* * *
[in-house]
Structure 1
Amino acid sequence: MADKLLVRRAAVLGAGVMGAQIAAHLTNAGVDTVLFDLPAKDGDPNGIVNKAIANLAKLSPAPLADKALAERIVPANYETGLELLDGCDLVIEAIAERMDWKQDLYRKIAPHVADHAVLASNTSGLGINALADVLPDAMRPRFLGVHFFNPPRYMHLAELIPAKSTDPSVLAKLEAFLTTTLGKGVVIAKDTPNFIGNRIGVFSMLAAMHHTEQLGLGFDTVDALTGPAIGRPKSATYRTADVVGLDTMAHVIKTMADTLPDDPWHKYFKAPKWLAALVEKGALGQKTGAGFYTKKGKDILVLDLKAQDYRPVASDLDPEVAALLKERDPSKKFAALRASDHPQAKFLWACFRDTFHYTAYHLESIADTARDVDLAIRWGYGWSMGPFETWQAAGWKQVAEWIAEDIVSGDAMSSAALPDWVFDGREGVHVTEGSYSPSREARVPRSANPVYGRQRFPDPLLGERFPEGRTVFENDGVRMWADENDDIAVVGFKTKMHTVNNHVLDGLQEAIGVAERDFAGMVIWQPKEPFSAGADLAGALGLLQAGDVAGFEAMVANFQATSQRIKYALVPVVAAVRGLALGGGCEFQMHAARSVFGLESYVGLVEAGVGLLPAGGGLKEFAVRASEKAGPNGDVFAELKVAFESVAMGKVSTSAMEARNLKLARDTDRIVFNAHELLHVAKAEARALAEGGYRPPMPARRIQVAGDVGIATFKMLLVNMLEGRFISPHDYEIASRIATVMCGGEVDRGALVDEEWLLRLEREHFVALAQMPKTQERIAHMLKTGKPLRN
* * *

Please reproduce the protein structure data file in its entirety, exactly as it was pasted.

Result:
[in-house]
Structure 1
Amino acid sequence: MADKLLVRRAAVLGAGVMGAQIAAHLTNAGVDTVLFDLPAKDGDPNGIVNKAIANLAKLSPAPLADKALAERIVPANYETGLELLDGCDLVIEAIAERMDWKQDLYRKIAPHVADHAVLASNTSGLGINALADVLPDAMRPRFLGVHFFNPPRYMHLAELIPAKSTDPSVLAKLEAFLTTTLGKGVVIAKDTPNFIGNRIGVFSMLAAMHHTEQLGLGFDTVDALTGPAIGRPKSATYRTADVVGLDTMAHVIKTMADTLPDDPWHKYFKAPKWLAALVEKGALGQKTGAGFYTKKGKDILVLDLKAQDYRPVASDLDPEVAALLKERDPSKKFAALRASDHPQAKFLWACFRDTFHYTAYHLESIADTARDVDLAIRWGYGWSMGPFETWQAAGWKQVAEWIAEDIVSGDAMSSAALPDWVFDGREGVHVTEGSYSPSREARVPRSANPVYGRQRFPDPLLGERFPEGRTVFENDGVRMWADENDDIAVVGFKTKMHTVNNHVLDGLQEAIGVAERDFAGMVIWQPKEPFSAGADLAGALGLLQAGDVAGFEAMVANFQATSQRIKYALVPVVAAVRGLALGGGCEFQMHAARSVFGLESYVGLVEAGVGLLPAGGGLKEFAVRASEKAGPNGDVFAELKVAFESVAMGKVSTSAMEARNLKLARDTDRIVFNAHELLHVAKAEARALAEGGYRPPMPARRIQVAGDVGIATFKMLLVNMLEGRFISPHDYEIASRIATVMCGGEVDRGALVDEEWLLRLEREHFVALAQMPKTQERIAHMLKTGKPLRN